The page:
SYM Citicom 300i




Make Model

SYM Citicom 300i




Single cylinder, 4-stroke, SOHC, FI


262 cc / 16 cub in.
Bore x Stroke 73 x 62.8 mm
Cooling System Liquid cooled
Compression Ratio 10:1
Lubrication Dry sump
Exhaust Single




Spark Plug NGK CR 8E
Battery 12V 12 Ah
Starting Electric

Max Power

15.2 kW / 20.6 hp @ 7000 rpm

Max Torque

23.4 Nm / 2.48 kgf-m / 17.3 ft/lbs @ 5500 rpm
Clutch Centrifugal, dry type


Final Drive Belt
Frame High strength steel

Front Suspension

Telescopic fork
Front Wheel Travel 86.4 mm / 3.4 in.

Rear Suspension

Twin sided swing arm
Rear Wheel Travel 77 mm / 3 in.

Front Brakes

Hydraulic disc, 260 mm

Rear Brakes

Hydraulic disc, 260 mm
Wheels Aluminium
Front Rim 3.00 x 16 in.
Rear Rim 3.50 x 16 in.

Front Tyre

110/70-16 52P tubeless

Rear Tyre

140/70-16 65P tubeless


Length:  2210 mm / 87.0 in.

Width:     785 mm / 30.9 in

Height:   1445 mm / 56.9 in.

Wheelbase 1499 mm / 59 in.
Ground Clearance 124 mm / 4.9 in.
Seat Height 800 mm / 31.5 in

Dry Weight

165 kg / 364 lbs
Wet Weight 182 kg / 401 lbs

Fuel Capacity 

10 L / 2.64 US gal

Average Consumption 

2.45 L/100km / 40.85 km/l / 96.1 US mpg

Top Speed 130 km/h / 81 mph
Colours Matte white, Matte black, Chilli red, Titanium grey


I picked up the CityCom at GoMoto and was immediately reminded that this is a tall scooter and I am NOT a tall person. With my 30 inch inseam, I am used to relying on my 220 pound girthy build to compress scooters down to "touching" height. The best I could manage on the CityCom was a tip-toe at stops. The CityCom is the tallest of the three scooters (Piaggio,, Kymco and SYM). For me, every aspect aside from seat height was ergonomically PERFECT on the CityCom. My hands "fell" right on the controls. The seat is among the most comfortable stock seats I've ever been on. For me, the stock windshield was the perfect height and width. I would say that the SYM CityCom 300i is as comfortable as the Piaggio BV350 and may even be more comfortable. Both have better ergonomics than the Kymco People GTi, especially in the seat.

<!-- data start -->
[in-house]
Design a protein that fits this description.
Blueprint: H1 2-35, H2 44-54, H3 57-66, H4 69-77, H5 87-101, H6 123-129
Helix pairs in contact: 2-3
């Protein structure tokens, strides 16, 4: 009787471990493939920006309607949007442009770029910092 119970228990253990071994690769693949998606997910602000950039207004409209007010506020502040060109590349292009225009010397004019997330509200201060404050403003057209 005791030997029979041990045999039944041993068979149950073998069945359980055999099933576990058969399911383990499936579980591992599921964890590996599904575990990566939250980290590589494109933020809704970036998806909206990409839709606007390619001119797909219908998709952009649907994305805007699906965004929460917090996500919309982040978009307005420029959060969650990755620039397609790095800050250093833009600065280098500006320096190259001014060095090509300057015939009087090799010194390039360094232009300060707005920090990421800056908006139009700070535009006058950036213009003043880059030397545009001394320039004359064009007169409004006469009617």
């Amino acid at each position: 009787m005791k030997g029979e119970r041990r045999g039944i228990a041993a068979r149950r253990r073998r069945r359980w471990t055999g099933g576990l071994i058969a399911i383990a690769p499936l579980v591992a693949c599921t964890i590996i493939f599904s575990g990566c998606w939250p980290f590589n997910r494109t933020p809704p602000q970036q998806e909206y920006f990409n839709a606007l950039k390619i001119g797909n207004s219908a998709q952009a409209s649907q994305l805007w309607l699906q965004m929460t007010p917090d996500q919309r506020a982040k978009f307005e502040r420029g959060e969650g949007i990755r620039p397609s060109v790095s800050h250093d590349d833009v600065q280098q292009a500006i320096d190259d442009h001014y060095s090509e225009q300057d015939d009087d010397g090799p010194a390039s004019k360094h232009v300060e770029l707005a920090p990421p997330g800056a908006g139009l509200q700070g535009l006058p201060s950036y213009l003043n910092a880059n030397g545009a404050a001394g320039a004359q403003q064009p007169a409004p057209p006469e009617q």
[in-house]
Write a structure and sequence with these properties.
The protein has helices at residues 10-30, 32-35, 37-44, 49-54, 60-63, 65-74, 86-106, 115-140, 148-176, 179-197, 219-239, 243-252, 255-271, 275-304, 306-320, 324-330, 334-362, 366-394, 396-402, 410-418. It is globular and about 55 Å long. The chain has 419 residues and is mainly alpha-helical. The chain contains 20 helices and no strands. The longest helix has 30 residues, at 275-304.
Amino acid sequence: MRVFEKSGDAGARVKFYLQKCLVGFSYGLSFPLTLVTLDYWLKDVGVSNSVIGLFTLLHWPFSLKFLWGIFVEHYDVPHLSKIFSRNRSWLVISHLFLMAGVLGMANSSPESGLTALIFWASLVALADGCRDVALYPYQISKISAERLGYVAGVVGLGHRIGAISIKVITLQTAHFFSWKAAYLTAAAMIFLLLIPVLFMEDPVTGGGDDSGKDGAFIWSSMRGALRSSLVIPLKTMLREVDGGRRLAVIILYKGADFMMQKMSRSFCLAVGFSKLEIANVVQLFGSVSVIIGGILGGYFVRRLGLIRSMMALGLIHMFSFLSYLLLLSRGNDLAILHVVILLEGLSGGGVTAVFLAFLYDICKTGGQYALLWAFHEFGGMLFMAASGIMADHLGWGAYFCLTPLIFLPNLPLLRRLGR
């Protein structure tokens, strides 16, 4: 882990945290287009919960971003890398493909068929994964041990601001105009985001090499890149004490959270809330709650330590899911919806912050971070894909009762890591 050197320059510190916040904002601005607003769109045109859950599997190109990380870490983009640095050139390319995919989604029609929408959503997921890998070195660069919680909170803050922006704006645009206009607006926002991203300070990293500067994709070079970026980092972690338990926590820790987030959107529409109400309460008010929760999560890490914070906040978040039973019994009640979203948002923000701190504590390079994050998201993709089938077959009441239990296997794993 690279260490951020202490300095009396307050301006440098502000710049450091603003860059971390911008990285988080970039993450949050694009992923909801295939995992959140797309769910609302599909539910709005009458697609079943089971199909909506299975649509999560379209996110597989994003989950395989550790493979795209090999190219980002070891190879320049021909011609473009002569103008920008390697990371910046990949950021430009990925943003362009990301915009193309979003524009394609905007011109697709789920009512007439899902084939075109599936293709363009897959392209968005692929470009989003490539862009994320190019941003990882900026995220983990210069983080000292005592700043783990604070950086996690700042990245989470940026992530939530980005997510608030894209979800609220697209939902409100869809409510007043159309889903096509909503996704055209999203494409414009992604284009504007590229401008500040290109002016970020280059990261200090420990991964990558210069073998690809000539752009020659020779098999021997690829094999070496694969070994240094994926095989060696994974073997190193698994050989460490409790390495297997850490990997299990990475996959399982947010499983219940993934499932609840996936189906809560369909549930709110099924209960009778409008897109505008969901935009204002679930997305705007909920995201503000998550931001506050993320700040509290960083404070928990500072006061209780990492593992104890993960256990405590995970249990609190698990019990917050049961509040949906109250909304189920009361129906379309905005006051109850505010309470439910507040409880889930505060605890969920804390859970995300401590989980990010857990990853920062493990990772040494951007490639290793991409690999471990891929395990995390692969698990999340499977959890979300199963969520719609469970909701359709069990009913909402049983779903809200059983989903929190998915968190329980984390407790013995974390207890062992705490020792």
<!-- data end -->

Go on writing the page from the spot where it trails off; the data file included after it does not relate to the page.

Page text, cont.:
Turn the key, wait for the system to cycle, grab a brake lever and hit the starter button - the CityCom fires right up and settles into a smooth idle. Fuel injection rocks. Acceleration from a stop is smooth and quick. Not as quick as SYM's own HD200 up to about 20 MPH, but the mid-range on the CityCom is very nice. This is one area that both the Kymco People GTi 300 and the Piaggio BV350 are much stronger than the CityCom. The CityCom is the heaviest of the three and the lowest in horsepower. It shows. The CityCom is also $700 less than GTi and $800 less than the BV.SYM CityCom 300i Scooter Front and Rear Wheels Top speed is also a lot less on the CtiyCom. What this means to you as a scooter rider depends on what you want/need from your scooter and what you are willing to spend.